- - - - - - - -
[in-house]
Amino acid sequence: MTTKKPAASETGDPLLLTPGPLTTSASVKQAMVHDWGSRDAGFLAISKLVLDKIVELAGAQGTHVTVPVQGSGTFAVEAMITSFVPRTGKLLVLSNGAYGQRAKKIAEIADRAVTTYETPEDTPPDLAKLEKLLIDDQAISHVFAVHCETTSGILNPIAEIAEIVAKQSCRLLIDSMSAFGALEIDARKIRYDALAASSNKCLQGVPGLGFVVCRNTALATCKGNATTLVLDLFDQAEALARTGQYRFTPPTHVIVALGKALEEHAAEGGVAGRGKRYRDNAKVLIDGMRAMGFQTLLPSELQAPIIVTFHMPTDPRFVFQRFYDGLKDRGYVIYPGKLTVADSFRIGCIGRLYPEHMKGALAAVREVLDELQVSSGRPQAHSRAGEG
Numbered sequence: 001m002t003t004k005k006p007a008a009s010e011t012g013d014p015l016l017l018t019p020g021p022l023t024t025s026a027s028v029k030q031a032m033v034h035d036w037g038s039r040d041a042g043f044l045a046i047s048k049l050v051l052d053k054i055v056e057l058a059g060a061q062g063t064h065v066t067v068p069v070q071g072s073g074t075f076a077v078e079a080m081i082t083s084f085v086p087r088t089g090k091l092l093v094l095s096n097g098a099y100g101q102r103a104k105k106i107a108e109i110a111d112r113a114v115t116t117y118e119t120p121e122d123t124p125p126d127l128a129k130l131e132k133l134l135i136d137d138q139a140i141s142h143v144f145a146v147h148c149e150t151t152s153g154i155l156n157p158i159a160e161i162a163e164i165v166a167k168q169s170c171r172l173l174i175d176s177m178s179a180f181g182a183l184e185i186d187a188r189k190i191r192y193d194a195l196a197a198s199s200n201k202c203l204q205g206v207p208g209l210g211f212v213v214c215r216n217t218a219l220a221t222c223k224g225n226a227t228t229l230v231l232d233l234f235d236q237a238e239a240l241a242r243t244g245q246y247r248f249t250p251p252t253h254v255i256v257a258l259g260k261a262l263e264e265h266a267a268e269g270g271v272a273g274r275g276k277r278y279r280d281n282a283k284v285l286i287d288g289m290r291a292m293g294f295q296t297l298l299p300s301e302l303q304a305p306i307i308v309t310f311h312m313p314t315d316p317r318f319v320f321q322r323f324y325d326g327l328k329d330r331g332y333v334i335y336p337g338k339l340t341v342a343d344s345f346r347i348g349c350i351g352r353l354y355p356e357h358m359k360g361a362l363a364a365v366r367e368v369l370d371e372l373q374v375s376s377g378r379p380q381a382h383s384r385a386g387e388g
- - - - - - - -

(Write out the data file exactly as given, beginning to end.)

[in-house]
Amino acid sequence: MTTKKPAASETGDPLLLTPGPLTTSASVKQAMVHDWGSRDAGFLAISKLVLDKIVELAGAQGTHVTVPVQGSGTFAVEAMITSFVPRTGKLLVLSNGAYGQRAKKIAEIADRAVTTYETPEDTPPDLAKLEKLLIDDQAISHVFAVHCETTSGILNPIAEIAEIVAKQSCRLLIDSMSAFGALEIDARKIRYDALAASSNKCLQGVPGLGFVVCRNTALATCKGNATTLVLDLFDQAEALARTGQYRFTPPTHVIVALGKALEEHAAEGGVAGRGKRYRDNAKVLIDGMRAMGFQTLLPSELQAPIIVTFHMPTDPRFVFQRFYDGLKDRGYVIYPGKLTVADSFRIGCIGRLYPEHMKGALAAVREVLDELQVSSGRPQAHSRAGEG
Numbered sequence: 001m002t003t004k005k006p007a008a009s010e011t012g013d014p015l016l017l018t019p020g021p022l023t024t025s026a027s028v029k030q031a032m033v034h035d036w037g038s039r040d041a042g043f044l045a046i047s048k049l050v051l052d053k054i055v056e057l058a059g060a061q062g063t064h065v066t067v068p069v070q071g072s073g074t075f076a077v078e079a080m081i082t083s084f085v086p087r088t089g090k091l092l093v094l095s096n097g098a099y100g101q102r103a104k105k106i107a108e109i110a111d112r113a114v115t116t117y118e119t120p121e122d123t124p125p126d127l128a129k130l131e132k133l134l135i136d137d138q139a140i141s142h143v144f145a146v147h148c149e150t151t152s153g154i155l156n157p158i159a160e161i162a163e164i165v166a167k168q169s170c171r172l173l174i175d176s177m178s179a180f181g182a183l184e185i186d187a188r189k190i191r192y193d194a195l196a197a198s199s200n201k202c203l204q205g206v207p208g209l210g211f212v213v214c215r216n217t218a219l220a221t222c223k224g225n226a227t228t229l230v231l232d233l234f235d236q237a238e239a240l241a242r243t244g245q246y247r248f249t250p251p252t253h254v255i256v257a258l259g260k261a262l263e264e265h266a267a268e269g270g271v272a273g274r275g276k277r278y279r280d281n282a283k284v285l286i287d288g289m290r291a292m293g294f295q296t297l298l299p300s301e302l303q304a305p306i307i308v309t310f311h312m313p314t315d316p317r318f319v320f321q322r323f324y325d326g327l328k329d330r331g332y333v334i335y336p337g338k339l340t341v342a343d344s345f346r347i348g349c350i351g352r353l354y355p356e357h358m359k360g361a362l363a364a365v366r367e368v369l370d371e372l373q374v375s376s377g378r379p380q381a382h383s384r385a386g387e388g